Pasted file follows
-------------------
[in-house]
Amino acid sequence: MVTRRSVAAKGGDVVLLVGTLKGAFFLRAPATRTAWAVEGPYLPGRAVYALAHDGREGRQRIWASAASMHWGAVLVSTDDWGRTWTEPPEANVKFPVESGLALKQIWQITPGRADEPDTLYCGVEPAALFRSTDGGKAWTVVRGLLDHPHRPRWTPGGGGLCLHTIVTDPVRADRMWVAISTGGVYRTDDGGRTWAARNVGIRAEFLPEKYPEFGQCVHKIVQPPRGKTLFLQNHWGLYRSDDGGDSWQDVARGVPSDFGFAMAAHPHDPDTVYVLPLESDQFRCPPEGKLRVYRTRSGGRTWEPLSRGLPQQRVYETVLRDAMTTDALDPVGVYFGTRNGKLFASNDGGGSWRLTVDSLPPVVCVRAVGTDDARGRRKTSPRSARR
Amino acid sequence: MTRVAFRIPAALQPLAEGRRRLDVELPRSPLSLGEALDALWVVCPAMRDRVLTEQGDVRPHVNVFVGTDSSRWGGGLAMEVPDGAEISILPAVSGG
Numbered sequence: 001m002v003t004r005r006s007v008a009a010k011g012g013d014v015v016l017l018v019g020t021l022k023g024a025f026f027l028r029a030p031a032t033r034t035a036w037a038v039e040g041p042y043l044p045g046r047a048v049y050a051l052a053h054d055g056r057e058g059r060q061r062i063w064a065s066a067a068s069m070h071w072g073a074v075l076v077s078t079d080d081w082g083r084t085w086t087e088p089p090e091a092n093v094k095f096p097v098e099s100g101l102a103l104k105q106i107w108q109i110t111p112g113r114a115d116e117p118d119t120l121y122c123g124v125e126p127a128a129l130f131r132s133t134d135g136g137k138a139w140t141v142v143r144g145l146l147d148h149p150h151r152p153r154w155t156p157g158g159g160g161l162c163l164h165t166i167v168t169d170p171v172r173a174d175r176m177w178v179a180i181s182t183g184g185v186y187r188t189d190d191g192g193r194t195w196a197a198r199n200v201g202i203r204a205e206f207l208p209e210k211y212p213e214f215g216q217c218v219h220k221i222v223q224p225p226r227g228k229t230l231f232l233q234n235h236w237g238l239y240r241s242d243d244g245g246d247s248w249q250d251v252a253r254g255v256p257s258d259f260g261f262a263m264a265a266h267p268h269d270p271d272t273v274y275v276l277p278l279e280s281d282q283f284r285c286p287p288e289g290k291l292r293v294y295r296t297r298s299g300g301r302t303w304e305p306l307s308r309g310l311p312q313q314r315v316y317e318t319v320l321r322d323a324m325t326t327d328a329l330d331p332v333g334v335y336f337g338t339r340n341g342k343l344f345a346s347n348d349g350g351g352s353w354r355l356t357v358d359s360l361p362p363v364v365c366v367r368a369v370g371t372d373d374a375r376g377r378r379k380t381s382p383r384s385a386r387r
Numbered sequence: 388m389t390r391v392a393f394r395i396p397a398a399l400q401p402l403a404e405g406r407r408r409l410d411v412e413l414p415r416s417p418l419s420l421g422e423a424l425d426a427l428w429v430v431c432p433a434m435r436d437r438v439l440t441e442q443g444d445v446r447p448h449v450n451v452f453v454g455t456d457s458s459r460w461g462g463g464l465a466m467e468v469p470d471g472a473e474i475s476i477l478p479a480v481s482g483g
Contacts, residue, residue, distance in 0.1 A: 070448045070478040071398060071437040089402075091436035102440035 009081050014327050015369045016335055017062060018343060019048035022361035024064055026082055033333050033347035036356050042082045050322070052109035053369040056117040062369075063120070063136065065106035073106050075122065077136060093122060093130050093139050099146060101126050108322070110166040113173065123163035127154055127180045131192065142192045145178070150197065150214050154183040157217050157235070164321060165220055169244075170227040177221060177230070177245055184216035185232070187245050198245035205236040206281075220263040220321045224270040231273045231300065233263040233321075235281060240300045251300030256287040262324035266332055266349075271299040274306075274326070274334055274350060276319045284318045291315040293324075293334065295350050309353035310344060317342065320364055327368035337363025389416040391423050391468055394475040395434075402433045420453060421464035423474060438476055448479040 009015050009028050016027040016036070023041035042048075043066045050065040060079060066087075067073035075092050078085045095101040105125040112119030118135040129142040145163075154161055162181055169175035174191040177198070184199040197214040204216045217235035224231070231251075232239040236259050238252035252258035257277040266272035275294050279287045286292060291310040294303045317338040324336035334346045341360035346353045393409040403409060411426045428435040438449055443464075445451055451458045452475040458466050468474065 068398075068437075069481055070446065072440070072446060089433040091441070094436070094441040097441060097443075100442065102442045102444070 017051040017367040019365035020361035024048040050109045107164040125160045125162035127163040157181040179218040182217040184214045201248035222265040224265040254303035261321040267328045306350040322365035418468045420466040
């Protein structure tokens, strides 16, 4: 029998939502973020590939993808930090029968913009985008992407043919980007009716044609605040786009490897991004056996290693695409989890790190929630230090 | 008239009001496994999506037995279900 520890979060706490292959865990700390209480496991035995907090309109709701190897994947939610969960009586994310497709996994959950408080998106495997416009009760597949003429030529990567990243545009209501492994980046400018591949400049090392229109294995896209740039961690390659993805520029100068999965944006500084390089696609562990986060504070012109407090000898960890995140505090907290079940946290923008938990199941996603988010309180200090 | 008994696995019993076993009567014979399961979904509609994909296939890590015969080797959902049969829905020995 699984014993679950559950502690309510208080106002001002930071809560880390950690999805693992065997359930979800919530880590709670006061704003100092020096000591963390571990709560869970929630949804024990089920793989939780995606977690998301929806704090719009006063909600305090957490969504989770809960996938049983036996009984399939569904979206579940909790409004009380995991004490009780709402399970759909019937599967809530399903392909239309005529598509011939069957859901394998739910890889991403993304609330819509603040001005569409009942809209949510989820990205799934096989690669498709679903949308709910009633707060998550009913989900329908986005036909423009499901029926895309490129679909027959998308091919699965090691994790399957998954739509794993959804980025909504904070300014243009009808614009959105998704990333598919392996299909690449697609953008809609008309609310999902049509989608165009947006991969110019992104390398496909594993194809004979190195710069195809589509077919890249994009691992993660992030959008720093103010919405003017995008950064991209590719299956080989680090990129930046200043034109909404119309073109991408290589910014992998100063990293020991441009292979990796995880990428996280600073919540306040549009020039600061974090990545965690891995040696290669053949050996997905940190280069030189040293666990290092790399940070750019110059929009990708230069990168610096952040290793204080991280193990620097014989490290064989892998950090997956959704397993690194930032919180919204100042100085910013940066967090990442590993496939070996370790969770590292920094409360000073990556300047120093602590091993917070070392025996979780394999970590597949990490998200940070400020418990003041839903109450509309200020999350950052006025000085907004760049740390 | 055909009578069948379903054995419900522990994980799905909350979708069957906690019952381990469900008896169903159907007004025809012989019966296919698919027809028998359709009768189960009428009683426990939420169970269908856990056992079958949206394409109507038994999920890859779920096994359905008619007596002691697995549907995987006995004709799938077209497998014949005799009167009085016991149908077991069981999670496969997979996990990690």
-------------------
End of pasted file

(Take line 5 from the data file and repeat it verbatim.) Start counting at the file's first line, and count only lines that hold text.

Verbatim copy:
Numbered sequence: 388m389t390r391v392a393f394r395i396p397a398a399l400q401p402l403a404e405g406r407r408r409l410d411v412e413l414p415r416s417p418l419s420l421g422e423a424l425d426a427l428w429v430v431c432p433a434m435r436d437r438v439l440t441e442q443g444d445v446r447p448h449v450n451v452f453v454g455t456d457s458s459r460w461g462g463g464l465a466m467e468v469p470d471g472a473e474i475s476i477l478p479a480v481s482g483g